The interplay of protein kinase A and perilipin 5 regulates cardiac lipolysis [Lipids]

November 23rd, 2014 by Pollak, N. M., Jaeger, D., Kolleritsch, S., Zimmermann, R., Zechner, R., Lass, A., Haemmerle, G.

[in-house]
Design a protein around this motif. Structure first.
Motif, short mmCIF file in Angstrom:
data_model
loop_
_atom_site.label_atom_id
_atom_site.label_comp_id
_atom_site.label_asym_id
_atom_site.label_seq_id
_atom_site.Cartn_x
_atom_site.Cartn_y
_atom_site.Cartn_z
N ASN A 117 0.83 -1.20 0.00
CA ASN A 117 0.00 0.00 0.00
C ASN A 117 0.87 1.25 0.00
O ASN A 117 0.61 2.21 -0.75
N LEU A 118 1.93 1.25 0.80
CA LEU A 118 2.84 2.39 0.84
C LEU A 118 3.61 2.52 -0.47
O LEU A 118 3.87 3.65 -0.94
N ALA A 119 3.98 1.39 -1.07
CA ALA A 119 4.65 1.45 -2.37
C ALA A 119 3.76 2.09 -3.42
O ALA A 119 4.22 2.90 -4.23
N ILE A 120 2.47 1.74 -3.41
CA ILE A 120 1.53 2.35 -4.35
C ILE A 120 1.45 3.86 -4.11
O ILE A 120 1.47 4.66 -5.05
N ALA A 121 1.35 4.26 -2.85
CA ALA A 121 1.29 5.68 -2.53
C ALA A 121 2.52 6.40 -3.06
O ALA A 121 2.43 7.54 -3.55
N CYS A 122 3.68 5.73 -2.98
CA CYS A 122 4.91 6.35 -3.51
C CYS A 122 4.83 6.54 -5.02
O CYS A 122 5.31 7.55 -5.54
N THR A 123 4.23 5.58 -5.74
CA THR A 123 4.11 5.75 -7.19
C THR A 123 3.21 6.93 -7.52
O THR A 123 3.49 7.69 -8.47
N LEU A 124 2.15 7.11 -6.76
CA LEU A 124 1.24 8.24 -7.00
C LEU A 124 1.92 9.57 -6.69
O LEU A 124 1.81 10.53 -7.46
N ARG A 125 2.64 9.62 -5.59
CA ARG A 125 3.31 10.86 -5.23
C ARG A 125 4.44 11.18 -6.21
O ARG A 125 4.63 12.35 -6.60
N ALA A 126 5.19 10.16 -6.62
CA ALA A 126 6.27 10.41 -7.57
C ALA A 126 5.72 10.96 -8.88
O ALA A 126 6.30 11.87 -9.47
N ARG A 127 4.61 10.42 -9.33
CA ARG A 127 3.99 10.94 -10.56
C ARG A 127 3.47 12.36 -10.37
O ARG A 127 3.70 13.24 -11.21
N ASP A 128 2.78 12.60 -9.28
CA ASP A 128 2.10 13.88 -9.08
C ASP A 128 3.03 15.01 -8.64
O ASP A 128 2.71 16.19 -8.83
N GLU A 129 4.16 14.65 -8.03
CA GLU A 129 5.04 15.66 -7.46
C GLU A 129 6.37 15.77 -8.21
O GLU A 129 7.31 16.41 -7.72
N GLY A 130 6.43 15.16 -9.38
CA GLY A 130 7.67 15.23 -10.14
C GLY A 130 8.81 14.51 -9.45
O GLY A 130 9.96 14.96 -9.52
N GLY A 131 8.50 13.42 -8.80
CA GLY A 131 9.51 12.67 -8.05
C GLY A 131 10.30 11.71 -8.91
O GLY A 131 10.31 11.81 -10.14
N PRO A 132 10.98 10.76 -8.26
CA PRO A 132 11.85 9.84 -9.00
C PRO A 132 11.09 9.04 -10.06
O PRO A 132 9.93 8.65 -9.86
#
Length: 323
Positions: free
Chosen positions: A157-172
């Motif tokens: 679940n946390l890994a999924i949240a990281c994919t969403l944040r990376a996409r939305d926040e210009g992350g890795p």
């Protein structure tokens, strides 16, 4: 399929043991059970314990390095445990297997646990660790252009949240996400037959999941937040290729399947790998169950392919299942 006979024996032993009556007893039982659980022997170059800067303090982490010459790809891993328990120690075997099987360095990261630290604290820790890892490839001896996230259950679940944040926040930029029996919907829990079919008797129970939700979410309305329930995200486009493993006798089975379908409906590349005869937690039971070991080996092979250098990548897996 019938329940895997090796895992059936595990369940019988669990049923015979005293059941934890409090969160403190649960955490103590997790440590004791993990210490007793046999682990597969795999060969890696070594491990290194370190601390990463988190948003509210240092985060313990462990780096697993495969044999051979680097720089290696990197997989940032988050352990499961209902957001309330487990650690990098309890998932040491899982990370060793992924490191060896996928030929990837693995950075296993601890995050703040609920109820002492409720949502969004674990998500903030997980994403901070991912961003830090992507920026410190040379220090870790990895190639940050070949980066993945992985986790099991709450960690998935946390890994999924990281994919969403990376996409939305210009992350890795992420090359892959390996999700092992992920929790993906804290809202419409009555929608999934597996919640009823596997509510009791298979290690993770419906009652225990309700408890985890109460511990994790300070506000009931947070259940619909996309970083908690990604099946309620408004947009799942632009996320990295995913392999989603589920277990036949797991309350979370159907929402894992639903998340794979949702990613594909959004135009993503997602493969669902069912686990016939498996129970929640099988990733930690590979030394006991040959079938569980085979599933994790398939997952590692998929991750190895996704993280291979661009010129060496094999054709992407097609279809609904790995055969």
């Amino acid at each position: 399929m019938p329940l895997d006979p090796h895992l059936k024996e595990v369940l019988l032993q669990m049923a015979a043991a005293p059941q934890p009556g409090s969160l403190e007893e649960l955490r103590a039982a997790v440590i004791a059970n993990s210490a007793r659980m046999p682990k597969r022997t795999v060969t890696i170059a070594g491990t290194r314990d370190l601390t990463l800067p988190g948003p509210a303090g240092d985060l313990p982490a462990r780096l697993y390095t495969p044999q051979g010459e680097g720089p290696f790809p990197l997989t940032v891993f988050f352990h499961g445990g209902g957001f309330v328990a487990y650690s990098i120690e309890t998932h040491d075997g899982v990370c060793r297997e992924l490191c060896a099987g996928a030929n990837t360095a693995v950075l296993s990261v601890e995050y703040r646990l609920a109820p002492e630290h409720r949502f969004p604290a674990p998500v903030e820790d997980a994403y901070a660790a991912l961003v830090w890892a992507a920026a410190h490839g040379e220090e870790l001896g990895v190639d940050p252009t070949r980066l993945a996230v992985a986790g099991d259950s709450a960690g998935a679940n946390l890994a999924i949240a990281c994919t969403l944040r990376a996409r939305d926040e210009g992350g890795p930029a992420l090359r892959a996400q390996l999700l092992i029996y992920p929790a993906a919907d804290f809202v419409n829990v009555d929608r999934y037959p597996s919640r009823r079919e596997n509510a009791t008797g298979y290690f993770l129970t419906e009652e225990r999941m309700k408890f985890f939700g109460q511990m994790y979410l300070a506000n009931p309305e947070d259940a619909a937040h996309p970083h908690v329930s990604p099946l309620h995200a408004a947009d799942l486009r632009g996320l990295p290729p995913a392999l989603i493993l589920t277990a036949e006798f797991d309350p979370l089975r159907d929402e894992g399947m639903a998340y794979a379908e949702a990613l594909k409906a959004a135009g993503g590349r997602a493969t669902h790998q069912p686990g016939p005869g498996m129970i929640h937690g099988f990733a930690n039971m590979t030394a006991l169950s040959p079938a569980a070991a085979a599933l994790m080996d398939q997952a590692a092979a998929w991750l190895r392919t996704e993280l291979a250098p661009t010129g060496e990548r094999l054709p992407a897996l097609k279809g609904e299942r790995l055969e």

Defective lipolysis in mice lacking adipose triglyceride lipase (ATGL) provokes severe cardiac steatosis and heart dysfunction, markedly shortening lifespan. Similarly, cardiac muscle (CM)-specific Plin5 overexpression (CM-Plin5) leads to severe triglyceride (TG) accumulation in cardiomyocytes via impairing TG breakdown. Interestingly, cardiac steatosis due to overexpression of Plin5 is compatible with normal heart function and lifespan indicating a more moderate impact of Plin5-overexpression on cardiac lipolysis and energy metabolism. We hypothesized that cardiac Plin5-overexpression does not constantly impair cardiac lipolysis. In line with this assumption, TG levels decreased in CM of fasted compared to non-fasted CM-Plin5 mice indicating that fasting may lead to a diminished barrier function of Plin5. Recent studies demonstrated that Plin5 is phosphorylated and activation of adenylyl cyclase leads to phosphorylation of Plin5, suggesting that Plin5 is a substrate for PKA. Furthermore, any significance of Plin5 phosphorylation by PKA in the regulation of TG mobilization from lipid droplets (LDs) is unknown. Here we show that the lipolytic barrier of Plin5-enriched LDs, either prepared from cardiac tissue of CM-Plin5 mice or Plin5-transfected cells, is abrogated by incubation with PKA. Notably, PKA-induced lipolysis of LDs enriched with Plin5 carrying a single mutation at serine 155 (PlinS155A) of the putative PKA phosphorylation site was substantially impaired revealing a critical role for PKA in Plin5-regulated lipolysis. The strong increase in protein levels of phosphorylated PKA in CM of Plin5 transgenic mice may partially restore fatty acid release from Plin5-enriched LDs, rendering these hearts compatible with normal heart function despite massive steatosis.